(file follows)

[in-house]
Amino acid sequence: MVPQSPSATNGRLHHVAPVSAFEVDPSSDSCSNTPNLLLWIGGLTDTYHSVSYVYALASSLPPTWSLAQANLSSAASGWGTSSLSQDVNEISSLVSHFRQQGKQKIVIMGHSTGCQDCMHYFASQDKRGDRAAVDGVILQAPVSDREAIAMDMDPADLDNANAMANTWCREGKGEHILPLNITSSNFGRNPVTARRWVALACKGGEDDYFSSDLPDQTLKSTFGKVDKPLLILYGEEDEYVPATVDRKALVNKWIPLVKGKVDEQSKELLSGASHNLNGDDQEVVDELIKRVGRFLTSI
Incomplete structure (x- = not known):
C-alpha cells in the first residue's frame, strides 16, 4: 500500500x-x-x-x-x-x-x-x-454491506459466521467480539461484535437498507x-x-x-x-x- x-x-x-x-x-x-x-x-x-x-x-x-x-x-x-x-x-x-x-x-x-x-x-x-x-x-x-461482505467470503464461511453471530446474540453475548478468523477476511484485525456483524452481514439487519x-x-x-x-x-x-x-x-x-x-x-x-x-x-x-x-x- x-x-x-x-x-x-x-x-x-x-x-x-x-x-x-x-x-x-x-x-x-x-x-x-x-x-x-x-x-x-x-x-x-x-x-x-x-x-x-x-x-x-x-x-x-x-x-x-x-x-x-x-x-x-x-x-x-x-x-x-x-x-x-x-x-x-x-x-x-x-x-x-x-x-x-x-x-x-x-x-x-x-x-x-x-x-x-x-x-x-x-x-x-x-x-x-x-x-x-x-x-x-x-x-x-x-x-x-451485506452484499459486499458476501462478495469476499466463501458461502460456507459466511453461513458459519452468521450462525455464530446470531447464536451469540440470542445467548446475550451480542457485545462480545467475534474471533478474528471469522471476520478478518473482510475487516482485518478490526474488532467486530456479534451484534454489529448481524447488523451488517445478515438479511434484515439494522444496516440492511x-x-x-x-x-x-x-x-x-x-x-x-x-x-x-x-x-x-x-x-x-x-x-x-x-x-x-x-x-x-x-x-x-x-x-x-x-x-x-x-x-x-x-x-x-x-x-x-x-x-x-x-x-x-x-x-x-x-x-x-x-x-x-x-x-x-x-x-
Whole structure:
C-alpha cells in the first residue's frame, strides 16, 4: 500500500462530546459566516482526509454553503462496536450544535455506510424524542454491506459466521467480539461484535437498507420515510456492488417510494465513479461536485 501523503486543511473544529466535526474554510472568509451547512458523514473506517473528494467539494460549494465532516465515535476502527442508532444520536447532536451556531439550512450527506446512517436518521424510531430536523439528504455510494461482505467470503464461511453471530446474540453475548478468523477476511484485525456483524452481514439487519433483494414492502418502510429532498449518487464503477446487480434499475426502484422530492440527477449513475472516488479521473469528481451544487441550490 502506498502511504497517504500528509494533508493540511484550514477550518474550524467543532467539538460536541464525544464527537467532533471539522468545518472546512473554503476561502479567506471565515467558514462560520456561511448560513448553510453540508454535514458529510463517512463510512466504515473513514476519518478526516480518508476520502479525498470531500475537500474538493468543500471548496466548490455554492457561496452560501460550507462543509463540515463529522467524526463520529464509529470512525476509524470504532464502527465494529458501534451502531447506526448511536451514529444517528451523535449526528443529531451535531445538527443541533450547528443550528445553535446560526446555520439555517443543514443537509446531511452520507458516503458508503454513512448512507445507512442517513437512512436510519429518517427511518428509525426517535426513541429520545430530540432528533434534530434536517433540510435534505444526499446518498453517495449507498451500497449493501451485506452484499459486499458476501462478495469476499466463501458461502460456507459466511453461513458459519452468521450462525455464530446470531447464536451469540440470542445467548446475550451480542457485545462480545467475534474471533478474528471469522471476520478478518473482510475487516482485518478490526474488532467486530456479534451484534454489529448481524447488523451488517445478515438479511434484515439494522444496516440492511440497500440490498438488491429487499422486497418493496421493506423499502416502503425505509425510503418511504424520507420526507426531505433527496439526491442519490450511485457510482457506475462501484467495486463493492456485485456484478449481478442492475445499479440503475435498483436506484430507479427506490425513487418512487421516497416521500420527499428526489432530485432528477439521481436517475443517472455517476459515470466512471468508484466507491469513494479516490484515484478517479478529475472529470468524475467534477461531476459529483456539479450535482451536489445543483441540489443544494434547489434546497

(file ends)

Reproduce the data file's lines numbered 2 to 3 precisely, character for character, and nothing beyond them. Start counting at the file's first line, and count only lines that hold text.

Amino acid sequence: MVPQSPSATNGRLHHVAPVSAFEVDPSSDSCSNTPNLLLWIGGLTDTYHSVSYVYALASSLPPTWSLAQANLSSAASGWGTSSLSQDVNEISSLVSHFRQQGKQKIVIMGHSTGCQDCMHYFASQDKRGDRAAVDGVILQAPVSDREAIAMDMDPADLDNANAMANTWCREGKGEHILPLNITSSNFGRNPVTARRWVALACKGGEDDYFSSDLPDQTLKSTFGKVDKPLLILYGEEDEYVPATVDRKALVNKWIPLVKGKVDEQSKELLSGASHNLNGDDQEVVDELIKRVGRFLTSI
Incomplete structure (x- = not known):